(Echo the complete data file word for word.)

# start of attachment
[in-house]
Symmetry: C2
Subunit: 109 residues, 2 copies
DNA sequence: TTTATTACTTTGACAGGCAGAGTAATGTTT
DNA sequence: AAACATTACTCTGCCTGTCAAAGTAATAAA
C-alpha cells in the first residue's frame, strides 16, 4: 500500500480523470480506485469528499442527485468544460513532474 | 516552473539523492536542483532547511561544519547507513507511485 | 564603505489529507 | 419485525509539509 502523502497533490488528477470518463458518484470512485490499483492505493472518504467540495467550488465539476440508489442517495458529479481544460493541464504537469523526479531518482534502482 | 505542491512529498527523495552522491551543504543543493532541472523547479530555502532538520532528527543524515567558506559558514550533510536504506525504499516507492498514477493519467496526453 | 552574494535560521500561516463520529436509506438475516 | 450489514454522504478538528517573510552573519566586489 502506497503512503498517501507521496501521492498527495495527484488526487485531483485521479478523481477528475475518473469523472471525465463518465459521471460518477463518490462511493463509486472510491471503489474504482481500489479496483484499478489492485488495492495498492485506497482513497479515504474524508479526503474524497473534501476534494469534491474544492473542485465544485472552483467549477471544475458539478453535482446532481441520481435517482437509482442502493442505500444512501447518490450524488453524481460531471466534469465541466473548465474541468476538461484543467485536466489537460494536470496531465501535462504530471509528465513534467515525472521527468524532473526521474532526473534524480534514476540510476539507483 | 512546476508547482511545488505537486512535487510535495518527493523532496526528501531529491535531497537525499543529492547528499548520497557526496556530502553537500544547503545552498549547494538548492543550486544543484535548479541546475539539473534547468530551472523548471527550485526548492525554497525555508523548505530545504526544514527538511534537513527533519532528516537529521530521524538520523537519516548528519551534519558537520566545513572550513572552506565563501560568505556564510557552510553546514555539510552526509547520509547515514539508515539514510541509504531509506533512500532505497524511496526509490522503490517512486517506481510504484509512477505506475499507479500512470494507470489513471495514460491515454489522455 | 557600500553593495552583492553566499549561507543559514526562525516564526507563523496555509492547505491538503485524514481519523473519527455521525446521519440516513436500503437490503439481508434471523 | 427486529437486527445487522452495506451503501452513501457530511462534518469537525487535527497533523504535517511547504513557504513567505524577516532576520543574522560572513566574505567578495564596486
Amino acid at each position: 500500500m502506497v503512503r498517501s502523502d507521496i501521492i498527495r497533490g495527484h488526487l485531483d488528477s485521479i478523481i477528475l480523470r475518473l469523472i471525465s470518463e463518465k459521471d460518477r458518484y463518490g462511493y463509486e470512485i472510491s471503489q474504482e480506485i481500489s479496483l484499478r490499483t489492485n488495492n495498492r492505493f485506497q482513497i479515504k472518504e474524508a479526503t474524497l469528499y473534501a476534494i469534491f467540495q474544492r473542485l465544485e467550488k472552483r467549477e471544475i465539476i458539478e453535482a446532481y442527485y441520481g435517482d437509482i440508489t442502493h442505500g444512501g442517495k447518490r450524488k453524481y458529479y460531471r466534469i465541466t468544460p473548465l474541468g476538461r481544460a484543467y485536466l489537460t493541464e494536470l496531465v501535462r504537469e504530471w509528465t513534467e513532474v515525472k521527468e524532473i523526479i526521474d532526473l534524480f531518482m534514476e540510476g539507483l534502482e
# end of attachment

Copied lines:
[in-house]
Symmetry: C2
Subunit: 109 residues, 2 copies
DNA sequence: TTTATTACTTTGACAGGCAGAGTAATGTTT
DNA sequence: AAACATTACTCTGCCTGTCAAAGTAATAAA
C-alpha cells in the first residue's frame, strides 16, 4: 500500500480523470480506485469528499442527485468544460513532474 | 516552473539523492536542483532547511561544519547507513507511485 | 564603505489529507 | 419485525509539509 502523502497533490488528477470518463458518484470512485490499483492505493472518504467540495467550488465539476440508489442517495458529479481544460493541464504537469523526479531518482534502482 | 505542491512529498527523495552522491551543504543543493532541472523547479530555502532538520532528527543524515567558506559558514550533510536504506525504499516507492498514477493519467496526453 | 552574494535560521500561516463520529436509506438475516 | 450489514454522504478538528517573510552573519566586489 502506497503512503498517501507521496501521492498527495495527484488526487485531483485521479478523481477528475475518473469523472471525465463518465459521471460518477463518490462511493463509486472510491471503489474504482481500489479496483484499478489492485488495492495498492485506497482513497479515504474524508479526503474524497473534501476534494469534491474544492473542485465544485472552483467549477471544475458539478453535482446532481441520481435517482437509482442502493442505500444512501447518490450524488453524481460531471466534469465541466473548465474541468476538461484543467485536466489537460494536470496531465501535462504530471509528465513534467515525472521527468524532473526521474532526473534524480534514476540510476539507483 | 512546476508547482511545488505537486512535487510535495518527493523532496526528501531529491535531497537525499543529492547528499548520497557526496556530502553537500544547503545552498549547494538548492543550486544543484535548479541546475539539473534547468530551472523548471527550485526548492525554497525555508523548505530545504526544514527538511534537513527533519532528516537529521530521524538520523537519516548528519551534519558537520566545513572550513572552506565563501560568505556564510557552510553546514555539510552526509547520509547515514539508515539514510541509504531509506533512500532505497524511496526509490522503490517512486517506481510504484509512477505506475499507479500512470494507470489513471495514460491515454489522455 | 557600500553593495552583492553566499549561507543559514526562525516564526507563523496555509492547505491538503485524514481519523473519527455521525446521519440516513436500503437490503439481508434471523 | 427486529437486527445487522452495506451503501452513501457530511462534518469537525487535527497533523504535517511547504513557504513567505524577516532576520543574522560572513566574505567578495564596486
Amino acid at each position: 500500500m502506497v503512503r498517501s502523502d507521496i501521492i498527495r497533490g495527484h488526487l485531483d488528477s485521479i478523481i477528475l480523470r475518473l469523472i471525465s470518463e463518465k459521471d460518477r458518484y463518490g462511493y463509486e470512485i472510491s471503489q474504482e480506485i481500489s479496483l484499478r490499483t489492485n488495492n495498492r492505493f485506497q482513497i479515504k472518504e474524508a479526503t474524497l469528499y473534501a476534494i469534491f467540495q474544492r473542485l465544485e467550488k472552483r467549477e471544475i465539476i458539478e453535482a446532481y442527485y441520481g435517482d437509482i440508489t442502493h442505500g444512501g442517495k447518490r450524488k453524481y458529479y460531471r466534469i465541466t468544460p473548465l474541468g476538461r481544460a484543467y485536466l489537460t493541464e494536470l496531465v501535462r504537469e504530471w509528465t513534467e513532474v515525472k521527468e524532473i523526479i526521474d532526473l534524480f531518482m534514476e540510476g539507483l534502482e